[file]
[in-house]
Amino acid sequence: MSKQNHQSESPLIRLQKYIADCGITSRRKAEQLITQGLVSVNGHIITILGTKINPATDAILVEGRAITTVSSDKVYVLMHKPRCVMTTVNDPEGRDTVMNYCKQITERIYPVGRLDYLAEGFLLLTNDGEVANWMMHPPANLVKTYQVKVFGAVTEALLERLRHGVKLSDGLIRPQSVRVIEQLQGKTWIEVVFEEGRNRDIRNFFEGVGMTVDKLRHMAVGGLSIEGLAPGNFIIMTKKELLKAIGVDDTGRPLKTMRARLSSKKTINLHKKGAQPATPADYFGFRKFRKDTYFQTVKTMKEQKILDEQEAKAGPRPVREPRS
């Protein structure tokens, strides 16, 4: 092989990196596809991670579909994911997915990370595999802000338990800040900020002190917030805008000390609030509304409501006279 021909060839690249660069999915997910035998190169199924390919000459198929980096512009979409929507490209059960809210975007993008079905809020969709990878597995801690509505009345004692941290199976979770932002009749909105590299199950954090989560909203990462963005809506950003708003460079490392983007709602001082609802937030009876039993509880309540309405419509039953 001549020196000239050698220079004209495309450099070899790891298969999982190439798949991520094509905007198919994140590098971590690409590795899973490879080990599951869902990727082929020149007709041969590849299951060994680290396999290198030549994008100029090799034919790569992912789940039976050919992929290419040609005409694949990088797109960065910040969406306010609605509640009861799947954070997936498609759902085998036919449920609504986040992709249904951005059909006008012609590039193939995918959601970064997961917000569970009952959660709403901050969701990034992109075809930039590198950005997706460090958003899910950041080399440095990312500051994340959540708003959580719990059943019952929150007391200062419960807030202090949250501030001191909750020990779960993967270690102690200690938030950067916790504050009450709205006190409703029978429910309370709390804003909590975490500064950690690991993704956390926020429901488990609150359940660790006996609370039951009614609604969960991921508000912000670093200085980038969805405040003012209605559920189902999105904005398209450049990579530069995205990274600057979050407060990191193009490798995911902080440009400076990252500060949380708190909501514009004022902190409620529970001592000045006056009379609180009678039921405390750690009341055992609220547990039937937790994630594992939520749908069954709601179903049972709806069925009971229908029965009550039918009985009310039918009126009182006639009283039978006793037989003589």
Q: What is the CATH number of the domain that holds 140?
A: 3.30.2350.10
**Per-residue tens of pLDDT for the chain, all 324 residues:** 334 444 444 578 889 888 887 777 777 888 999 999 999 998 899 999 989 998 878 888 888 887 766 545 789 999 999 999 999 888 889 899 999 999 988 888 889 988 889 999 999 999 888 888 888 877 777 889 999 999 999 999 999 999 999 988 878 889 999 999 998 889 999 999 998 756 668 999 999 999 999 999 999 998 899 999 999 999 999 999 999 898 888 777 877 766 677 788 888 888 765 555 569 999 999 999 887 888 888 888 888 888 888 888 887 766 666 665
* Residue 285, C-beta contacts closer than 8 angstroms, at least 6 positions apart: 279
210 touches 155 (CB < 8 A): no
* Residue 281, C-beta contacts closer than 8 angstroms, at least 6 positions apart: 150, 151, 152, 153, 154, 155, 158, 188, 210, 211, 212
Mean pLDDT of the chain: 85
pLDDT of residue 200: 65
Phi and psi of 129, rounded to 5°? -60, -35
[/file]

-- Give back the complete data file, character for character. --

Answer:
[in-house]
Amino acid sequence: MSKQNHQSESPLIRLQKYIADCGITSRRKAEQLITQGLVSVNGHIITILGTKINPATDAILVEGRAITTVSSDKVYVLMHKPRCVMTTVNDPEGRDTVMNYCKQITERIYPVGRLDYLAEGFLLLTNDGEVANWMMHPPANLVKTYQVKVFGAVTEALLERLRHGVKLSDGLIRPQSVRVIEQLQGKTWIEVVFEEGRNRDIRNFFEGVGMTVDKLRHMAVGGLSIEGLAPGNFIIMTKKELLKAIGVDDTGRPLKTMRARLSSKKTINLHKKGAQPATPADYFGFRKFRKDTYFQTVKTMKEQKILDEQEAKAGPRPVREPRS
């Protein structure tokens, strides 16, 4: 092989990196596809991670579909994911997915990370595999802000338990800040900020002190917030805008000390609030509304409501006279 021909060839690249660069999915997910035998190169199924390919000459198929980096512009979409929507490209059960809210975007993008079905809020969709990878597995801690509505009345004692941290199976979770932002009749909105590299199950954090989560909203990462963005809506950003708003460079490392983007709602001082609802937030009876039993509880309540309405419509039953 001549020196000239050698220079004209495309450099070899790891298969999982190439798949991520094509905007198919994140590098971590690409590795899973490879080990599951869902990727082929020149007709041969590849299951060994680290396999290198030549994008100029090799034919790569992912789940039976050919992929290419040609005409694949990088797109960065910040969406306010609605509640009861799947954070997936498609759902085998036919449920609504986040992709249904951005059909006008012609590039193939995918959601970064997961917000569970009952959660709403901050969701990034992109075809930039590198950005997706460090958003899910950041080399440095990312500051994340959540708003959580719990059943019952929150007391200062419960807030202090949250501030001191909750020990779960993967270690102690200690938030950067916790504050009450709205006190409703029978429910309370709390804003909590975490500064950690690991993704956390926020429901488990609150359940660790006996609370039951009614609604969960991921508000912000670093200085980038969805405040003012209605559920189902999105904005398209450049990579530069995205990274600057979050407060990191193009490798995911902080440009400076990252500060949380708190909501514009004022902190409620529970001592000045006056009379609180009678039921405390750690009341055992609220547990039937937790994630594992939520749908069954709601179903049972709806069925009971229908029965009550039918009985009310039918009126009182006639009283039978006793037989003589």
Q: What is the CATH number of the domain that holds 140?
A: 3.30.2350.10
**Per-residue tens of pLDDT for the chain, all 324 residues:** 334 444 444 578 889 888 887 777 777 888 999 999 999 998 899 999 989 998 878 888 888 887 766 545 789 999 999 999 999 888 889 899 999 999 988 888 889 988 889 999 999 999 888 888 888 877 777 889 999 999 999 999 999 999 999 988 878 889 999 999 998 889 999 999 998 756 668 999 999 999 999 999 999 998 899 999 999 999 999 999 999 898 888 777 877 766 677 788 888 888 765 555 569 999 999 999 887 888 888 888 888 888 888 888 887 766 666 665
* Residue 285, C-beta contacts closer than 8 angstroms, at least 6 positions apart: 279
210 touches 155 (CB < 8 A): no
* Residue 281, C-beta contacts closer than 8 angstroms, at least 6 positions apart: 150, 151, 152, 153, 154, 155, 158, 188, 210, 211, 212
Mean pLDDT of the chain: 85
pLDDT of residue 200: 65
Phi and psi of 129, rounded to 5°? -60, -35